By Dave Savini

CHICAGO (CBS) — A vigil on what would have been Laquan McDonald’s 23rd birthday took place in Chicago’s South Shore neighborhood Friday night. Instead of reaching that milestone, McDonald died at the age of 17.

McDonald was shot as he walked away from Chicago police officer Jason Van Dyke. That would only be learned later when body camera footage was finally released more than a year later.

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The death of Laquan McDonald captured worldwide attention and brought the Department of Justice itself down on the Chicago Police Department.

Organizers of the vigil say real reform can only happen with significant changes to the Chicago Police Union contract. That Fraternal Order of Police contract is being negotiated.

Critics across the country have said the contract is weak when it comes to holding officers accountable for misconduct. Activists are going over some of the sections of the contract that they say stifle investigations into police misconduct.

Community activist Will Calloway says the Chicago FOP contract offers a tangible way that community members who are concerned about police misconduct can weigh in on how to make the process better.

“It’s time for us to get more policy oriented,” Calloway says.

Calloway’s group is asking to eliminate three things: the requirement for sworn affidavits for investigating civilian misconduct, a 24-hour delay for officer statements in shooting cases, and the right to review and amend statements.

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“We think that is horribly wrong and needs to be changed immediately,” he says.

They also want to make possible the release of photos of officers under investigation and to give the Civilian Office of Police Accountability discretion to recommend termination of officers with 30 or more complaints.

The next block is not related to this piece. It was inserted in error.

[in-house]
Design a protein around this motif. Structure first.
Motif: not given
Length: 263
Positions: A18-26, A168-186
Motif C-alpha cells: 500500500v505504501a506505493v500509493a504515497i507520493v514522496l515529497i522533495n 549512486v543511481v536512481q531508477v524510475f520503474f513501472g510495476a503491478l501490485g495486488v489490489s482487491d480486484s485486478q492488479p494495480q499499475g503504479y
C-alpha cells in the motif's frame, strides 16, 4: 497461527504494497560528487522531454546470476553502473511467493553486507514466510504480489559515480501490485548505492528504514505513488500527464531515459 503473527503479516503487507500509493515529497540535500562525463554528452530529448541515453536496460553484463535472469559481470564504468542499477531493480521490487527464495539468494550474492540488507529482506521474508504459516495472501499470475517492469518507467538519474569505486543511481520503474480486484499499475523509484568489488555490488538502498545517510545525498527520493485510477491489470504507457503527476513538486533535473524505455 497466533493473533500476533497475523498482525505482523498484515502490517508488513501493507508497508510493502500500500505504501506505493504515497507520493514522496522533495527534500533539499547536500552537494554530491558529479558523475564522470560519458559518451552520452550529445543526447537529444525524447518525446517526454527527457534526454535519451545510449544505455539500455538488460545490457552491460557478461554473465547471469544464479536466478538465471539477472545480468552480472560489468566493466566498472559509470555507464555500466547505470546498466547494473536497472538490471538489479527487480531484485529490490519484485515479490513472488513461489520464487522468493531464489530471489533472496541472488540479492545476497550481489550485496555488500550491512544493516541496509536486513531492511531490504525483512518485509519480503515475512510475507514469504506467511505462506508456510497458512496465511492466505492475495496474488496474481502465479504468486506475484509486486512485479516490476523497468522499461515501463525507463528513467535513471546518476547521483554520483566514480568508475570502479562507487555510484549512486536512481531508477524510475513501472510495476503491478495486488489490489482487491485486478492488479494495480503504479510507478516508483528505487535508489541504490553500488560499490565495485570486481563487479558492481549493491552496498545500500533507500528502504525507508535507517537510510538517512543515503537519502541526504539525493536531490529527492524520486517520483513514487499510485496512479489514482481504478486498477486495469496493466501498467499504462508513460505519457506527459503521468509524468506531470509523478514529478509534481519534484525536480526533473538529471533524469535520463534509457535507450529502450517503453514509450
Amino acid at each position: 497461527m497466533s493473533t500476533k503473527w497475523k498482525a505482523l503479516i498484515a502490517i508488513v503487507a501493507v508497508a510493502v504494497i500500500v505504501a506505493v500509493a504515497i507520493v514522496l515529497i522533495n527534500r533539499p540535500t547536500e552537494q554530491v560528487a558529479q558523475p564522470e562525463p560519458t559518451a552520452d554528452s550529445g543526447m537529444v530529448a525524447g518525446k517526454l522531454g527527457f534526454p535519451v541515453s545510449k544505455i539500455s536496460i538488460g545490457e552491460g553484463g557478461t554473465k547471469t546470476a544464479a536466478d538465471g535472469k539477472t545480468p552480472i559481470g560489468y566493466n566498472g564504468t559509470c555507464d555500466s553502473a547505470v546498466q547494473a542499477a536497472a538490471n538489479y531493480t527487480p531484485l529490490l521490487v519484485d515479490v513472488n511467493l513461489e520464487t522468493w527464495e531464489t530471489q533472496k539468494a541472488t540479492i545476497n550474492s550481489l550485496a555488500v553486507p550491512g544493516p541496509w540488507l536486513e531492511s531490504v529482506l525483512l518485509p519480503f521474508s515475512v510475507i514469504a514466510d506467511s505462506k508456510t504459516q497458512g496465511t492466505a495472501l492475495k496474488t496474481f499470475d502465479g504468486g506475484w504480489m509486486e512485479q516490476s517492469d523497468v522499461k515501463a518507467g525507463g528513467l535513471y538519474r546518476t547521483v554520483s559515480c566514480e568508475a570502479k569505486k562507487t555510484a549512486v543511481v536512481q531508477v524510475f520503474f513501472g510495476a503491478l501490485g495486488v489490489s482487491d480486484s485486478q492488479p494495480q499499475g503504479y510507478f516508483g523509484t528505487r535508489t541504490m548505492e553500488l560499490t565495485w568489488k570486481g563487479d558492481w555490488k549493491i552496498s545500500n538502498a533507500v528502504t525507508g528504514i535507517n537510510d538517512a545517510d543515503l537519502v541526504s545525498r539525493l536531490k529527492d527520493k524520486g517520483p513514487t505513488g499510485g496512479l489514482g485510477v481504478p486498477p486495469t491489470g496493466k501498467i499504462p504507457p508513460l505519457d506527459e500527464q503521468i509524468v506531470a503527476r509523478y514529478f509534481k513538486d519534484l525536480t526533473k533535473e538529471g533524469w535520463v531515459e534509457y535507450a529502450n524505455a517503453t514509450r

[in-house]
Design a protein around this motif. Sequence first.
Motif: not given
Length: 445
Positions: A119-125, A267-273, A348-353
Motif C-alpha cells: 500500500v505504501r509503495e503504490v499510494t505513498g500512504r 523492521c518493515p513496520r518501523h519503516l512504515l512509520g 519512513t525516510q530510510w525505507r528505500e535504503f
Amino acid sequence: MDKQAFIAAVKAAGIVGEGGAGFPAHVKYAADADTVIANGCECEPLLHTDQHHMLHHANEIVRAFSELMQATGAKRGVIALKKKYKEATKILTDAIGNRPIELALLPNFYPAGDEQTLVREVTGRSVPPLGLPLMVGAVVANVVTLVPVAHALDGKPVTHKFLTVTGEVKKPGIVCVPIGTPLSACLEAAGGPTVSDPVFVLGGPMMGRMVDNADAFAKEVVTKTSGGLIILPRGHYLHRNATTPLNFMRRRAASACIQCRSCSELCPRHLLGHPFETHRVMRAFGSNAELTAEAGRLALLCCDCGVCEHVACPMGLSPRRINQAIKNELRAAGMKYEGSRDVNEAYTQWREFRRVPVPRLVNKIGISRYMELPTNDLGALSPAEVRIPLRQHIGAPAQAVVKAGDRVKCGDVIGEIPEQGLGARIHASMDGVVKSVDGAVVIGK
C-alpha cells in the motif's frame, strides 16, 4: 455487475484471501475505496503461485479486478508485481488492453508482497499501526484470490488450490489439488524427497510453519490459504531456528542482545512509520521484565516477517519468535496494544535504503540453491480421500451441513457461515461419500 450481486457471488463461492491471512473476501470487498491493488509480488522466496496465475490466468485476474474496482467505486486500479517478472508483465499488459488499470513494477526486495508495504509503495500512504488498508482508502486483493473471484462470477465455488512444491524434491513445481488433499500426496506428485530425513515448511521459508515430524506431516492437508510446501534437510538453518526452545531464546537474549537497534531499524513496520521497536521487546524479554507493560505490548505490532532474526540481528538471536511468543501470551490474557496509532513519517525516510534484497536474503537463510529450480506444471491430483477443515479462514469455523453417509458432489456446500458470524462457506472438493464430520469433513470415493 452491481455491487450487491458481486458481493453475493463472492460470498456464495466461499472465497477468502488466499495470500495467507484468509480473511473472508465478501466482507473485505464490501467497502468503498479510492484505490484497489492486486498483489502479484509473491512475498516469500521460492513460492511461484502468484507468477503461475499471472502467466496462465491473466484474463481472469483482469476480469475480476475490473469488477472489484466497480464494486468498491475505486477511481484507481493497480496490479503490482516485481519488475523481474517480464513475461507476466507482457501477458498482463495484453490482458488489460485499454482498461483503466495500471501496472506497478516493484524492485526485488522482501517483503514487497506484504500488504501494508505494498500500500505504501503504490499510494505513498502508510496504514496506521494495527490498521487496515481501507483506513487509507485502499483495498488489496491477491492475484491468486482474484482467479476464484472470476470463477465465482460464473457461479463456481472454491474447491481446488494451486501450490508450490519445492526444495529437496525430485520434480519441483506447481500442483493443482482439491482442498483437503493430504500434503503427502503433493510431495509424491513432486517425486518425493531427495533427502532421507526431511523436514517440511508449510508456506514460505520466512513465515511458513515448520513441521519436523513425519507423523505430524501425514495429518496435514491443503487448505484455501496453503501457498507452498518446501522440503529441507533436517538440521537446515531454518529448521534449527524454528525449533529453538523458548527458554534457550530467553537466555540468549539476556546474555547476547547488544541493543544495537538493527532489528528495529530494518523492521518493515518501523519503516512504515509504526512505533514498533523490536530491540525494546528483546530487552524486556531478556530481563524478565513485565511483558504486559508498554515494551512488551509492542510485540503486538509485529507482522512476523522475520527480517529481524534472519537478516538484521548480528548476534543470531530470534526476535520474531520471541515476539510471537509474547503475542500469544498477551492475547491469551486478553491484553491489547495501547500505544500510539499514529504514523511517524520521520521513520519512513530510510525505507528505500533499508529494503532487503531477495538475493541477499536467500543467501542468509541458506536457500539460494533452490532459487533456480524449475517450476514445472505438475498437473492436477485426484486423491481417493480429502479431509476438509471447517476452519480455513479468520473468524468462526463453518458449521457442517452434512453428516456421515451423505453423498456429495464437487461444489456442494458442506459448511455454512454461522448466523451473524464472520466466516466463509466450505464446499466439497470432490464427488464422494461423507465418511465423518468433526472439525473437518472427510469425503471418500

“They’re talking about us impeding the in the discipline of our members. Well, they want to talk about impeding. Go to 26th and Cal and see what real impeding is,” says John Catanzara, president of Chicago’s FOP Lodge 7. “They’re basically saying that the police officers we represent should have less rights than the criminals on the street, which is absolutely ridiculous.”

Meanwhile Mayor Lori Lightfoot’s office says the city’s negotiating team has reached out to the FOP for a date to continue negotiations and they have yet to hear back.

The FOP says they did respond but want to work through a financial only offer first.

“A lot of times when anything happens that’s very detrimental to the public, a lot of times it takes them being directly affected before they want to advocate for it,” Calloway says of why citizens should care about the contract.

Meanwhile the city says they finished agreements with every single union except the FOP, which has now gone 1,182 days without a contract.

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CBS 2 asked how the city feels about the points being discussed in South Shore. A spokesperson did not comment directly, but instead cited some recent transparency reforms, which include an end to requiring the destruction of disciplinary records.